The best-known pangram — a sentence containing every letter of the alphabet — is probably
There are lots of others of course. If you write like James Joyce, there are probably an infinite number of others. The point is to be short, and one of the shortest, with only 29 letters (!), even has a geological flavour:
I know what you're thinking: Cool, but what's the shortest set of mineral names that uses all the letters of the alphabet? What logophiliac geologist would not wonder the same thing?
Well, we posed this question in the most recent "Riddle me this" segment on the Undersampled Radio podcast. This blog post is my solution.
The set cover problem
Finding pangrams in a list of words amounts to solving the classical set cover problem:
Our universe is the alphabet, and our \(S\) is the list of \(m\) mineral names. There is a slight twist in our case: the set cover problem wants the smallest subset of \(S\) — the fewest members. But in this problem, I suspect there are several 4-word solutions (judging from my experiments), so I want the smallest total size of the members of the subset. That is, I want the fewest total letters in the solution.
The set cover problem was shown to be NP-complete in 1972. What does this mean? It means that it's easy to tell if you have an answer (do you have all the letters of the alphabet?), but the only way to arrive at a solution is — to oversimplify massively — by brute force. (If you're interested in this stuff, this edition of the BBC's In Our Time is one of the best intros to P vs NP and complexity theory that I know of.)
Anyway, the point is that if we find a better way than brute force to solve this problem, then we need to write a paper about it immediately, claim our prize, collect our turkey, then move to a sunny tax haven with good water and double-digit elevation.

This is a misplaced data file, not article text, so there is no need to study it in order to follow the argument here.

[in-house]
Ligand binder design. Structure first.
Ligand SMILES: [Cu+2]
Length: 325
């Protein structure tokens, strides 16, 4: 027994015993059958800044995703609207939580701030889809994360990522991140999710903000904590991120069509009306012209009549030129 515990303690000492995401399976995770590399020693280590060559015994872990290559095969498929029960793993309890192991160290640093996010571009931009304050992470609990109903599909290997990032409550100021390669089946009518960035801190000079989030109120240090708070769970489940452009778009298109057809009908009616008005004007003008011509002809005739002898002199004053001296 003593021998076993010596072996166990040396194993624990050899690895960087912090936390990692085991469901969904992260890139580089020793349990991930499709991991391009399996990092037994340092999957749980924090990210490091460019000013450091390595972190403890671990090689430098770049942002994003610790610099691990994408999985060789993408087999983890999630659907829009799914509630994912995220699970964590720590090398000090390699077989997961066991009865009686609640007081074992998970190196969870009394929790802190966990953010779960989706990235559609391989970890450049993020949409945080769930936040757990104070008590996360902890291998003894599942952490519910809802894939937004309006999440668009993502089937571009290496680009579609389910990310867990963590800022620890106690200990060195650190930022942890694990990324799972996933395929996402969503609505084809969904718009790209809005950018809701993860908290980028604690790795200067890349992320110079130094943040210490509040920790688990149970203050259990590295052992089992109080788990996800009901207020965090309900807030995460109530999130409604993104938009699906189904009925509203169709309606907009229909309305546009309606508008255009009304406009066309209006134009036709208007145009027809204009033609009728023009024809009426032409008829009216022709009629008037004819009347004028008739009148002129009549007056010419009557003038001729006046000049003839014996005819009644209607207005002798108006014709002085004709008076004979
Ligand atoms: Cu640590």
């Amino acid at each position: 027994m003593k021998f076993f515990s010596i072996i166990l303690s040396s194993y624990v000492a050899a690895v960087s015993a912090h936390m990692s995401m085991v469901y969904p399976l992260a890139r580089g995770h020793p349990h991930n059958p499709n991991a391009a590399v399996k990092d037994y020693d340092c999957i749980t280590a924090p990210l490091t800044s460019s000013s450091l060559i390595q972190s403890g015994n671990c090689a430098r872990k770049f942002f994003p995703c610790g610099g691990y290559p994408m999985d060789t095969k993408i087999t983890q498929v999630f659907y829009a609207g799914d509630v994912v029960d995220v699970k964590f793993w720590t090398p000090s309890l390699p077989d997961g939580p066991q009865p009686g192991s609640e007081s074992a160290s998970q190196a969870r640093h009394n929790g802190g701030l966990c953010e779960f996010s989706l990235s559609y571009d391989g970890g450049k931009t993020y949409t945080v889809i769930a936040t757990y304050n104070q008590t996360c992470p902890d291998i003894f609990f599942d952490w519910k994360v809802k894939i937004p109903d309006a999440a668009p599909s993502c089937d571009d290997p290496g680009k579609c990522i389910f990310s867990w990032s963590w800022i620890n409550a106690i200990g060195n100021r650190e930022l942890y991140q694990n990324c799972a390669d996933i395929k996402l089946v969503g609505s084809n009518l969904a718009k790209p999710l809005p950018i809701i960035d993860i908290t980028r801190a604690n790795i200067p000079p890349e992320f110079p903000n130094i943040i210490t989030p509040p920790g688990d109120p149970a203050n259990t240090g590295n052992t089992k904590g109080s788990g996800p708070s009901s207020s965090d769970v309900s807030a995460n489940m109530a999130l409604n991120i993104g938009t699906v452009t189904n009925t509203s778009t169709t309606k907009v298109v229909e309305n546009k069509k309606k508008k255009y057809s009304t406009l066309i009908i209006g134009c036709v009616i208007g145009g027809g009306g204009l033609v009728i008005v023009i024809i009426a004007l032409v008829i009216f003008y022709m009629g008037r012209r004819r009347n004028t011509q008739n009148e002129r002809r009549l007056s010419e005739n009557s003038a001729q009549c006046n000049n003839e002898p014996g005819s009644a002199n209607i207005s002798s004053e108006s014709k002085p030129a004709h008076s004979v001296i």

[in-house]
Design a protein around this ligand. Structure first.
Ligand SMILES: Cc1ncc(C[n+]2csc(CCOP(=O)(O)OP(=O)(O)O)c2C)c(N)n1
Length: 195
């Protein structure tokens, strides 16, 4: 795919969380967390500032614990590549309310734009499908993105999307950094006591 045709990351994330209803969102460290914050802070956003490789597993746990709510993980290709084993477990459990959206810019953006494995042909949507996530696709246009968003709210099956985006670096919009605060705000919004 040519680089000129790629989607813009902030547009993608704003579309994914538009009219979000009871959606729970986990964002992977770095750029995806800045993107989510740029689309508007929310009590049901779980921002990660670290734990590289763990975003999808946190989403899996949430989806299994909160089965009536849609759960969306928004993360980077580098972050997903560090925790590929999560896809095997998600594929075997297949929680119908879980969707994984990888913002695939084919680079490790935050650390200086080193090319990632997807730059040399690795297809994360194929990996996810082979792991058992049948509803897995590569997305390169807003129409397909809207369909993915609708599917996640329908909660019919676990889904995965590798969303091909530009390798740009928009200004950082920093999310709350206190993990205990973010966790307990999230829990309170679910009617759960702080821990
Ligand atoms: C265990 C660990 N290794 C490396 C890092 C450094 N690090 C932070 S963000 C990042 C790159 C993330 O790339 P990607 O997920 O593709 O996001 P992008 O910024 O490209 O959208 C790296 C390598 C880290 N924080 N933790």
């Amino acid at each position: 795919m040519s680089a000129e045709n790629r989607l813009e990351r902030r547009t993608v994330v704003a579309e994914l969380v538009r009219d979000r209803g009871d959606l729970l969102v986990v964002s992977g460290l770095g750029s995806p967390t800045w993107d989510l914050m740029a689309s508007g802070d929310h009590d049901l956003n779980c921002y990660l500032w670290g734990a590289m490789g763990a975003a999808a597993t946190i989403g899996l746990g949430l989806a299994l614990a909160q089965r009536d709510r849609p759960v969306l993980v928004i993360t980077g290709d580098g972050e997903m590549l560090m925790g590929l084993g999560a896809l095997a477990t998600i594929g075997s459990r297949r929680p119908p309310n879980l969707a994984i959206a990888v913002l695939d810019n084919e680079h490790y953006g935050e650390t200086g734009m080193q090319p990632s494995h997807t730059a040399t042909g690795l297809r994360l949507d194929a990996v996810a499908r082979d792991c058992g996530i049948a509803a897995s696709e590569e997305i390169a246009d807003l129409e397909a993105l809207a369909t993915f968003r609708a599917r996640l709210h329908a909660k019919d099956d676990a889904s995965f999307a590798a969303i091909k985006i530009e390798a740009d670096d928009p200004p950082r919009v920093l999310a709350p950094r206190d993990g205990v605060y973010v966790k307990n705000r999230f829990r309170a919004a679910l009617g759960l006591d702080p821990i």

So, this could take a while: there are over 95 billion ways to draw 3 words from my list of 4600 mineral names. If we need 4 minerals, there are 400 trillion combinations... and a quick calculation suggests that my laptop will take a little over 50 years to check all the combinations.
Can't we speed it up a bit?
Brute force is one thing, but we don't need to be brutish about it. Maybe we can think of some strategies to give ourselves a decent chance:
- The list is alphabetically sorted, so randomize the list before searching. (I did this.)
- Guess some 'useful' minerals and ensure that you get to them. (I did this too, with quartz.)
- Check there are at least 26 letters in the candidate words, and (if it's only records we care about) no more than 44, because I have a solution with 45 letters (see below).
- We could sort the list into word length order. That way we search shorter things first, so we should get shorter lists (which we want) earlier.
- My solution does not depend much on Python's set type. Maybe we could do more with set theory.
- Before inspecting the last word in each list, we could make sure it contains at least one letter that's so far missing.
So far, the best solution I've come up with so far has 45 letters, so there's plenty of room for improvement:
'quartz', 'kvanefjeldite', 'abswurmbachite', 'pyroxmangite'
My solution is in this Jupyter Notebook. Please put me out of my misery by improving on it.